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Party society melts

india Updated: Mar 29, 2011 12:39 IST
Varghese K George
Varghese K George
Hindustan Times
Varghese K George

Jirai Sheikh, a frail man in his late thirties, returned home last week after four years.

Sheikh had ran away from Bhandipura village in Mangolekote, 30 km from the town, after he mobilised people against the CPI(M)'s strong arm tactics before the 2008 panchayat elections.

"CPI(M) leaders threatened to kill me," he says. Sheikh's return doesn't mean normalcy in his family.

"Nobody in the village is allowed to speak to us," his ailing mother sobbed. Following a diktat from the party, his wife deserted Sheikh.

His tormentors, CPI(M) leaders Wasim Ansari and Pinto Sheikh, are on the run following police raids based on complaints from the Trinamool leaders.

However, West Bengal police acting on such complaints is not normal. "The local police station is merely an adjunct of the party unit," said an IPS officer who did not want to be named. The presence of election observers has prompted the action this time.

The party's control in rural areas is complete and even extends to matrimonial disputes. "A ration card, a birth certificate, to which school your kids should go – the party has a say in everything," says another officer.

Dwaipayan Bhattacharyya at the Centre for Studies in Social Sciences in Kolkota has called this "party society". "Political parties in rural West Bengal have monopolised the social space," he writes. The takeover of the people's lives has happened with their "consent", he argues. Local feudal interests and the bureaucracy resisted the reforms that the Left brought and the answer was party society. "For the rural poor, party society was a favourable change of regime," says Bhattacharyya. "Lathi, guns and flags became the CPI(M)'s answer to the situation," says a local CPI(M) activist.

The party controlled the local clubs and panchayats, all secular institutions and of course the Durga Puja samitis.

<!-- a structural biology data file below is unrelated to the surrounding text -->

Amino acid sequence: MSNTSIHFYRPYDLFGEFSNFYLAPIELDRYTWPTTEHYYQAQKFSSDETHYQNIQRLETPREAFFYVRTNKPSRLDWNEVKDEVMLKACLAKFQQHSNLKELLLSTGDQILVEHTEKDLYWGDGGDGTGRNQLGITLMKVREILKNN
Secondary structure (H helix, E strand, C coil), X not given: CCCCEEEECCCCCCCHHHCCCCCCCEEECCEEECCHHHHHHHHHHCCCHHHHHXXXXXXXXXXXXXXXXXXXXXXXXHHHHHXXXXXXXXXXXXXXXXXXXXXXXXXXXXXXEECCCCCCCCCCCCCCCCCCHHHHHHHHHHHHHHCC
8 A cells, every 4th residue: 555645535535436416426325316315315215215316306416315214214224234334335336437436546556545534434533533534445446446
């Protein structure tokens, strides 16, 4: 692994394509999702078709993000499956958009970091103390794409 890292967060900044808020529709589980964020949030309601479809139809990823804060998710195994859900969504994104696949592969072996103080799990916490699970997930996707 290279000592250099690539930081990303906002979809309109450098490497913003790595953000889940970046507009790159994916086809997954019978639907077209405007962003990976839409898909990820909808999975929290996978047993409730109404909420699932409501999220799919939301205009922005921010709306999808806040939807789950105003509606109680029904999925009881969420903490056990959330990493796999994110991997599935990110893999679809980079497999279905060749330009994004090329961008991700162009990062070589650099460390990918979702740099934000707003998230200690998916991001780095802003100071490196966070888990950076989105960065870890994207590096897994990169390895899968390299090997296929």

The meltdown in party society began by the early 1990s. "The Left did not invest in education and health and our dropout rates and immunisation levels are among the worst in the country," says D Bandhopadhyaya, former IAS officer who oversaw the land reform measures of the first Left Front government (1977-82). Now a bitter critic of the party, he says party dominance has corrupted the social norms of Bengal. "Monetary corruption is bad, but the social decadence in the state is more worrying. The party has become the seat of all corruption and violence," he says.

"The LF should have done something for our children's education" is a common refrain even among those who praise the Front's land policy.

Restlessness grew against the CPI(M) through the 1990s and the last decade.

"Our response to this was not imaginative," admits a senior CPI(M) leader.

As consent for its hegemony waned, the party resorted to coercion. In 2003, 6,800 seats in local bodies — 11% of the total — went uncontested, an all time high, indicating the expanding coercive apparatus. But the industrialisation drive launched in 2006 caused an implosion in the party's rural fortresses. Even the selection of Singur as the site for the Tata

Nano plant was a retaliation, some say. "The CPI(M) lost the Singur seat twice and the party wanted to teach the people a lesson by acquiring their land," Bandopadhayay says.

However, in 2008, only 2,240 or 4.39% seats across the state were uncontested. The CPI(M) faced huge setbacks in local bodies, knocking at the roots of party society.

The stranglehold of the party has given way to anarchy. Mangolekote has witnessed nine murders – including that of CPI(M) zonal secretary Phalguni Mukherji – in the past three years. People fear more this season.